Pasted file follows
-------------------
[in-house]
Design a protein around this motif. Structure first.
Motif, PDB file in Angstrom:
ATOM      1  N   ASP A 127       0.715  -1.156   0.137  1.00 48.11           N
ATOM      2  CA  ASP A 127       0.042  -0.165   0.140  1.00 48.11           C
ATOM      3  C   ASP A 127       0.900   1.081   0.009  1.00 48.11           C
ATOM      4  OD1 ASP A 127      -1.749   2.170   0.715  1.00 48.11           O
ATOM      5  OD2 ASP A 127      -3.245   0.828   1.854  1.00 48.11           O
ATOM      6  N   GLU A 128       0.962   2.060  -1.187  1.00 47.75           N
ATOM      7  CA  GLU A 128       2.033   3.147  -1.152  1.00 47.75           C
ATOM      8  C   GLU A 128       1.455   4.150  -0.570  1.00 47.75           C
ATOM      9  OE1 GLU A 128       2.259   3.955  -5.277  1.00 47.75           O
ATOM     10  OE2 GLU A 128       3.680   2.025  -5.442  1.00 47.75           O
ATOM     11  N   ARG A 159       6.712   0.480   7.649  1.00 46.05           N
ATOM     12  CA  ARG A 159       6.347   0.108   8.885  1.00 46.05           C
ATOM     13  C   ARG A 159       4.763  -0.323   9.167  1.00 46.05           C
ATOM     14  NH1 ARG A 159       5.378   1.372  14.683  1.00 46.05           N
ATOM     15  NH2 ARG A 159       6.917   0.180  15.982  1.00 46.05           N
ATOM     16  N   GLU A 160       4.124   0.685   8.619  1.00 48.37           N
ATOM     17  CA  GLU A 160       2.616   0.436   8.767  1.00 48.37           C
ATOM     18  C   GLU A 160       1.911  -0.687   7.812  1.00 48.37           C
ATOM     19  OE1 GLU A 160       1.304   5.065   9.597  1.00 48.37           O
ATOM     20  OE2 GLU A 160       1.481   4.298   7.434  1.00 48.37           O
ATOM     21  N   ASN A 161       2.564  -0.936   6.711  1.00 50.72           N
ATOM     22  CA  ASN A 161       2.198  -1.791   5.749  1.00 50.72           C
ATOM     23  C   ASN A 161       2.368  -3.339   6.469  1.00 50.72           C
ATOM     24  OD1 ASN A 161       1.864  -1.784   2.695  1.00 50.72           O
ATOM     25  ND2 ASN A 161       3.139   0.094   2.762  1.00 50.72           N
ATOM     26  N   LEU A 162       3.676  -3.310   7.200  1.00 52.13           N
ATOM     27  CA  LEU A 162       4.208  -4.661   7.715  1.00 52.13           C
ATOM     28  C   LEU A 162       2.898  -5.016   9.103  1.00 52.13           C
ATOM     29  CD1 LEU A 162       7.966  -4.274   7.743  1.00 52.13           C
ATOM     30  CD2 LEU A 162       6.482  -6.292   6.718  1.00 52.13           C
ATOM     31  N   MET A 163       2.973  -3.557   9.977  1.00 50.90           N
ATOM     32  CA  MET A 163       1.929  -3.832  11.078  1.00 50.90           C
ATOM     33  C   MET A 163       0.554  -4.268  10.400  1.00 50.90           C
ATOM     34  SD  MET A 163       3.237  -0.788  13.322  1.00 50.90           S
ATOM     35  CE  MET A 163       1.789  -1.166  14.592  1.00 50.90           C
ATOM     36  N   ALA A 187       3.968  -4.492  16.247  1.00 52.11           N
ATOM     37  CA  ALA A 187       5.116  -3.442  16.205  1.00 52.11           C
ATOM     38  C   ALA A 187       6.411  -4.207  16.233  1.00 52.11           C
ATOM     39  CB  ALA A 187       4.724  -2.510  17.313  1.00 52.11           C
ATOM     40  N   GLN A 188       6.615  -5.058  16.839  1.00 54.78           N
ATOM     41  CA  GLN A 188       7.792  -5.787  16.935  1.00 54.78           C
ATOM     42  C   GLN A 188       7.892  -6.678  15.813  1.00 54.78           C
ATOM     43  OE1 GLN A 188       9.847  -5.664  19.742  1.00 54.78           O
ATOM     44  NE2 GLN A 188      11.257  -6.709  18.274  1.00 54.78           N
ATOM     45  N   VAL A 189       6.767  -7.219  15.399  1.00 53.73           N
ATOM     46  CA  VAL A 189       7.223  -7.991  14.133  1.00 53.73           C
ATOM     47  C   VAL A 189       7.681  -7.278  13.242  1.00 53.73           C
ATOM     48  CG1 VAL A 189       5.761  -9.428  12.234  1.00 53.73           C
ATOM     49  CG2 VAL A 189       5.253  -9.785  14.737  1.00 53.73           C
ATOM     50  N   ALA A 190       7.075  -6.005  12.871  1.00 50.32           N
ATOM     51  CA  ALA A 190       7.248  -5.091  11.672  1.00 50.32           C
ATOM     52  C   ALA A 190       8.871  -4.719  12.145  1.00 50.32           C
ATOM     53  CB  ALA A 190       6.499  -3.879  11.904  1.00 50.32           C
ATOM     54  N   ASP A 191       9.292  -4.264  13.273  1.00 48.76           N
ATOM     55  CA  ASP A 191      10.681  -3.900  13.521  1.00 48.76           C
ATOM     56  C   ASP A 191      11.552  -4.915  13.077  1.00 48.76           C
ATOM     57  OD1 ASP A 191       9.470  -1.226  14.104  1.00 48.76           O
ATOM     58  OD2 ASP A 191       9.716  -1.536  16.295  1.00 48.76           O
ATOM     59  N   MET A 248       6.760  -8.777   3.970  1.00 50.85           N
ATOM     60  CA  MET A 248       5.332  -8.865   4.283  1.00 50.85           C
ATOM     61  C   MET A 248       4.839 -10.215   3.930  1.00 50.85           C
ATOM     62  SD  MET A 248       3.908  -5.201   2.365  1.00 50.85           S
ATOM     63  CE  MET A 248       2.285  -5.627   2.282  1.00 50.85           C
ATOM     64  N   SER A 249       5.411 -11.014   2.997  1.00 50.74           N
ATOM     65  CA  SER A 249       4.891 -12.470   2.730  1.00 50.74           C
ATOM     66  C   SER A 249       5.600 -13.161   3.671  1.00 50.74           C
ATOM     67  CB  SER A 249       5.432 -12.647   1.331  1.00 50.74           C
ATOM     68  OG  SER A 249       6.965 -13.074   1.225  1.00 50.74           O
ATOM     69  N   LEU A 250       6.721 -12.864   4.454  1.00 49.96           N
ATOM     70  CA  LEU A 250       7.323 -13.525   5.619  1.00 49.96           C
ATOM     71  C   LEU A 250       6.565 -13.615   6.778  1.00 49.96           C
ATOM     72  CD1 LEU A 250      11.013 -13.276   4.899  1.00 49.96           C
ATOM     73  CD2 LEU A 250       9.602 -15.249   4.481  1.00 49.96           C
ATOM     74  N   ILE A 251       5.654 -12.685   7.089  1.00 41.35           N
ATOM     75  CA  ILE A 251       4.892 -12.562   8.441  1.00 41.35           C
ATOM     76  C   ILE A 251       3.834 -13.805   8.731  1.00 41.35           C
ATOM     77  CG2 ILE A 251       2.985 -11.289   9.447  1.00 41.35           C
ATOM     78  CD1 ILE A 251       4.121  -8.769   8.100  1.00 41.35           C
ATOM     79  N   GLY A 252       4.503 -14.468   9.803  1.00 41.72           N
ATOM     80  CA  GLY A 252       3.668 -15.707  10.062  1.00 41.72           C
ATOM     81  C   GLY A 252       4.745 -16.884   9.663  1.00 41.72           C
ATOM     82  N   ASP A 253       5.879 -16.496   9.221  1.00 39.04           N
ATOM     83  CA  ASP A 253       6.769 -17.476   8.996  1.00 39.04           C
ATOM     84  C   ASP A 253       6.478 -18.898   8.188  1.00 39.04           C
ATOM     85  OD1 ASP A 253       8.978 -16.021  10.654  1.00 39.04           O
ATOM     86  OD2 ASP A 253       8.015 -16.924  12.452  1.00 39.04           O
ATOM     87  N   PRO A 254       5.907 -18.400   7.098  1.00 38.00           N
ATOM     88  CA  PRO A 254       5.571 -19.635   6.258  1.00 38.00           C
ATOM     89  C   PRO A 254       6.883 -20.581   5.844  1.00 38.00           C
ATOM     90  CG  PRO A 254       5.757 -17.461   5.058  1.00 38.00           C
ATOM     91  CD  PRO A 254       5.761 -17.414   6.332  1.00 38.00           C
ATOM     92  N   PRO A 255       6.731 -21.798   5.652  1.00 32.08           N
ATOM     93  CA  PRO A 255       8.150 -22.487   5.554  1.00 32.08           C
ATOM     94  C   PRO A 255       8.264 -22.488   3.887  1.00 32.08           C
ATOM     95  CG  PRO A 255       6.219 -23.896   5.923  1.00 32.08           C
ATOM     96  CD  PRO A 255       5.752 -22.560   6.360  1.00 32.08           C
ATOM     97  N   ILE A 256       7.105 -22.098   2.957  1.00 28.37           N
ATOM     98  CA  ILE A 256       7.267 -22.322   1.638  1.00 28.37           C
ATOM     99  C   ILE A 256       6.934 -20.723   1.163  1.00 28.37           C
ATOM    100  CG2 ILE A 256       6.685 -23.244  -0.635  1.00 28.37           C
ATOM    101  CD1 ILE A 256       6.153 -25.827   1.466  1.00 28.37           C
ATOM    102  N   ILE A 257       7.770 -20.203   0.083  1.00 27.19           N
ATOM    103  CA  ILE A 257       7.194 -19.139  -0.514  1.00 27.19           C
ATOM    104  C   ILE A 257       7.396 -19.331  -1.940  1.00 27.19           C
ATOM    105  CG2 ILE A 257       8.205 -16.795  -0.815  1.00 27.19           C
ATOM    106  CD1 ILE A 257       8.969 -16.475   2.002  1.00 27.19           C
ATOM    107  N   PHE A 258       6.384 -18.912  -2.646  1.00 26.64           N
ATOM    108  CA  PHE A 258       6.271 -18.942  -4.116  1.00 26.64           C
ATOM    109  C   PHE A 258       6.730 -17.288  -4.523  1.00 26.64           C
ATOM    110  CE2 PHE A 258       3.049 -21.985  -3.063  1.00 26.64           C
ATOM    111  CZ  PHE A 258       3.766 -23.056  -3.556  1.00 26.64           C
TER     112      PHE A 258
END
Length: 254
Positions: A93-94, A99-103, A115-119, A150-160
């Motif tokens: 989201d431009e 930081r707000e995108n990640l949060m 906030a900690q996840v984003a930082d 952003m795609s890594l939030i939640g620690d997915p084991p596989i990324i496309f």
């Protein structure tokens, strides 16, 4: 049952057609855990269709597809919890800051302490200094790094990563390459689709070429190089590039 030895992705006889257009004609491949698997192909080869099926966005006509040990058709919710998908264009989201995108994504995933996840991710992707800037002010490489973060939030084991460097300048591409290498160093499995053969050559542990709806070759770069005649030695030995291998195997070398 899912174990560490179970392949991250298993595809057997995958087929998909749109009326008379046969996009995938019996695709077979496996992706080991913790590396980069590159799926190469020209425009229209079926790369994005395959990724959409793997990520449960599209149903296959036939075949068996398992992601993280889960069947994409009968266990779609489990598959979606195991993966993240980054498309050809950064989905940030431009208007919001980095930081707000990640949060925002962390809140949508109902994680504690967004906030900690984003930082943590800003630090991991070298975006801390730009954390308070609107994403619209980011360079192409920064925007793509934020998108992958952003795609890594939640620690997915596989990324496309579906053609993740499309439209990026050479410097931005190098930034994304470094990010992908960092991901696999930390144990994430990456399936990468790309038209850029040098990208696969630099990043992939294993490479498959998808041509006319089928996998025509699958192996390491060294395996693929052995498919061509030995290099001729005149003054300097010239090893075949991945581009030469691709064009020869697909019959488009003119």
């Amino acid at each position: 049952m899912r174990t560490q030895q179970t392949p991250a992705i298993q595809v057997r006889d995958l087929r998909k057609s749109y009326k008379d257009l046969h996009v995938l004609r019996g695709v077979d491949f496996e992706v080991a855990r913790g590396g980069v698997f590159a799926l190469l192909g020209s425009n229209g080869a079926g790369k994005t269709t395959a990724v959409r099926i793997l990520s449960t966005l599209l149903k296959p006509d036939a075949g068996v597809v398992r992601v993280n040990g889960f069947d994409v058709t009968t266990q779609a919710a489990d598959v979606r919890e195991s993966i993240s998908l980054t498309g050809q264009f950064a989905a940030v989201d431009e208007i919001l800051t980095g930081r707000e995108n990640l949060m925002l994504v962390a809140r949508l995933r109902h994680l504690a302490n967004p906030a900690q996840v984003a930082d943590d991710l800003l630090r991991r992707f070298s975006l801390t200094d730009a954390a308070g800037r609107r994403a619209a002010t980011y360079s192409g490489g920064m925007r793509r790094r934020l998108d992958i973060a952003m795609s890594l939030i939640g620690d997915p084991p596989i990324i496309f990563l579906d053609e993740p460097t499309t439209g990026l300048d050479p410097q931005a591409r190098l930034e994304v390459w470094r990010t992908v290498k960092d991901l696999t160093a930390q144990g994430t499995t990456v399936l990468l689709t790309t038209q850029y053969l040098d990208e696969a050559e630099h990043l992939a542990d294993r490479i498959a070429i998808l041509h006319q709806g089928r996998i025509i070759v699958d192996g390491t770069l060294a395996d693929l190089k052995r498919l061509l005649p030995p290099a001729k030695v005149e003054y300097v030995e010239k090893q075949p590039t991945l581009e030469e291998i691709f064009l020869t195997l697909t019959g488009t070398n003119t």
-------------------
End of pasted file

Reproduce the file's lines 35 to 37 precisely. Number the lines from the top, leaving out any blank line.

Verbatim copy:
ATOM     32  CA  MET A 163       1.929  -3.832  11.078  1.00 50.90           C
ATOM     33  C   MET A 163       0.554  -4.268  10.400  1.00 50.90           C
ATOM     34  SD  MET A 163       3.237  -0.788  13.322  1.00 50.90           S